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Local families open homes to Polish students for unique experience

The B/CS Sister Cities program, in coordination with the X Liceum Ogólnokształcące School in Toruń, Poland, brought 17 students to the local area. In addition to visiting places of interest, the students also had the opportunity to experience two days of American high school.

One of the Polish students, Antonia Trawinska, was surprised at the flexibility of American students’ schedules.

 “It was strange to me how different schools are in America,” Antonia said. “In Poland, we go to all the same classes with all the same people, but here people choose the classes they want to take and never stay with the same group of people.”

Many Polish students were off guard because Americans were so friendly to random strangers.

 “It was surprising that people were so polite,” Antonia said. Things like opening doors for each other or just being courteous don’t really happen in Poland; instead, people mostly ignore each other.”

Not only were Americans very friendly in public, but they also were a lot more active in the classroom.

“It was interesting how students interact with their teachers and answer questions in class,” Antonia said. “When a teacher asks a question in Poland, the students just sit there in silence, and students do not have a relationship with their teachers the way they do here.”

Texas has more than its fair share of stereotypes, and the Polish students were interested to see if they were true. 

“The stereotype that surprised me was that people in Texas actually wear cowboy hats,” Antonia said. “It wasn’t just people at the rodeo either; the moment we stepped into the airport, I saw people wearing cowboy hats.”

Another Polish student, Piotr Wegrzyn, was surprised by how kind Americans are and how open everyone is with each other.

“In one of the restaurants we went to, some people who had never met us gave us some shrimp from their table for free,” Piotr said. “That would never happen in Poland or anywhere in Europe. Everyone has just been so inviting and friendly here.”

Even though the overall environment and takeaway for the students has been positive and inviting, there were a few negative surprises. 

 “Polish students would never talk to their teachers the way they do in America,” Piotr said. “I was really surprised with how disrespectful some students are. I imagine that if it happened in Poland, it wouldn’t go well.”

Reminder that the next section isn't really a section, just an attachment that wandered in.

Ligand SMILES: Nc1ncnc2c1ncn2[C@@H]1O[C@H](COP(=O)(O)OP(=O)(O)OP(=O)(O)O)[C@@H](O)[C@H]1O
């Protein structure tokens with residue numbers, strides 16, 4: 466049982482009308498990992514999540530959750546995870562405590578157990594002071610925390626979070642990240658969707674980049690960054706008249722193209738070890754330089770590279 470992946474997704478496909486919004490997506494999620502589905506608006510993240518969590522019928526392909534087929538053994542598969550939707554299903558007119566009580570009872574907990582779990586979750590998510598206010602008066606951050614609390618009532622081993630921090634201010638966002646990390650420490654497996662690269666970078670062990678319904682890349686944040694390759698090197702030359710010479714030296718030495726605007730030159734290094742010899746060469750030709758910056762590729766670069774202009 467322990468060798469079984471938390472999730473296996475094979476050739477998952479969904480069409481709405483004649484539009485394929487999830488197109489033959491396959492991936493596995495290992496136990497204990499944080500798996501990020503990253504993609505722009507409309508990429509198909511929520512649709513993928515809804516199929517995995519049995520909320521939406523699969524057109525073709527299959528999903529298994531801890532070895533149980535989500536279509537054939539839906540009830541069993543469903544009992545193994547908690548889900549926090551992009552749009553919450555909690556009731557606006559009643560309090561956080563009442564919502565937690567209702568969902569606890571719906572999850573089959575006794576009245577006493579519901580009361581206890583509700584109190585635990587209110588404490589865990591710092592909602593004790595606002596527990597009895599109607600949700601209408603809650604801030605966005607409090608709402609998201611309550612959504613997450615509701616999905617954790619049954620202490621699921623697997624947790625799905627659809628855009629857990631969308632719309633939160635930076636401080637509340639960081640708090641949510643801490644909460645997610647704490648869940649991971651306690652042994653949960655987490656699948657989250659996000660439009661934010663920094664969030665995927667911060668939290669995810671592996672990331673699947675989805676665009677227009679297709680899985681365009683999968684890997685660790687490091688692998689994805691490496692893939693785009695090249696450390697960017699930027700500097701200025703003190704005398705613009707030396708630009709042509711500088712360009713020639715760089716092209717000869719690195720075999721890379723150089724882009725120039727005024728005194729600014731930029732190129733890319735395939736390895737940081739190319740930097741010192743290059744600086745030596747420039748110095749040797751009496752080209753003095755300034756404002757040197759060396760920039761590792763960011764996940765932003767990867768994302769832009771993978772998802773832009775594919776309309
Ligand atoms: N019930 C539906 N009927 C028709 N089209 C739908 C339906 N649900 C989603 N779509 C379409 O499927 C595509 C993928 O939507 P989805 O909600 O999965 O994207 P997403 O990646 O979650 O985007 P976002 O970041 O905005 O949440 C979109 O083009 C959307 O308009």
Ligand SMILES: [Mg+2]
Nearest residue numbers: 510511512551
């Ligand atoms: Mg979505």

The students also experienced a few other more positive culture shock moments at school and around Texas as they visited many attractions, such as the Houston Rodeo, the Blue Bell Factory, and NASA.  

“I really enjoyed going to the rodeo because we don’t have things like that in Poland,” Antonia said.” Even though I don’t listen to country music, the concert with Brad Paisley was the best part of the trip.”

Along with the sights and activities, American food stood out as one of the major differences between the two cultures.

“The best food I’ve had here were chicken wings, deep-fried alligator, and sushi,” Piotr said. “I liked all the food. It was greasy, but I liked it. It did surprise me how little water people drink here though.”

The trip has allowed the Polish students to gain a new view of the world and learn more about other cultures.

“Visiting other countries allows us to compare it to what we already know,” Piotr said. “Then we can take something from another culture and apply it to our own while also getting a different view of the world.”

Other than the rodeo, Polish student Igor Kruszczynski noticed differences in the size of everything in America.

I think everything is bigger in Texas,” Igor said. “The portion of meals is much larger, and so are stores. The food in America is fattier and has more sugar, too.”

Not only was Igor surprised by the oversized meals but also by the people he met in Texas.

“I honestly thought Americans were dumb, but after being around them, they’re really not,” Igor said. “My favorite part of the trip was the people.”

The Polish students were not the only ones to experience a new culture; their host families also gained a glimpse into their visitors’ culture.

“I’m glad that I was able to host one of the Polish students because it was such a unique experience,” sophomore Katherine Keyser said. “It is good to see for yourself what other places are like that are so different from what you are used to on a daily basis.”

Learning about the Polish culture and education system intrigued Katherine, and she appreciated learning about things outside of what she considers the norm.

“Some of my favorite parts of the experience were going to school with Antonia and just talking to her to hear how things are so different in Poland,” Katherine said. “They don’t really get to choose their classes or customize their schedules like we do here, and there are a lot fewer options.” 

Not only did host students learn more about Poland, but so did their host parents.

“Hosting Igor had a major impact on our family,” parent Christy Cruz said. “My son, Elijah, got to experience what it’s like to be a big brother, and we learned about another country.”

Opening their home to a student from another country helped enrich their lives and increase the Cruz family’s understanding of other cultures. 

“The most rewarding aspect of this entire experience was learning what Igor thought of the USA and especially Texas,” Cruz said. “It was interesting to see it from his perspective while also gaining a Polish family member.”


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Elijah Cruz
Elijah Cruz, Staff Writer
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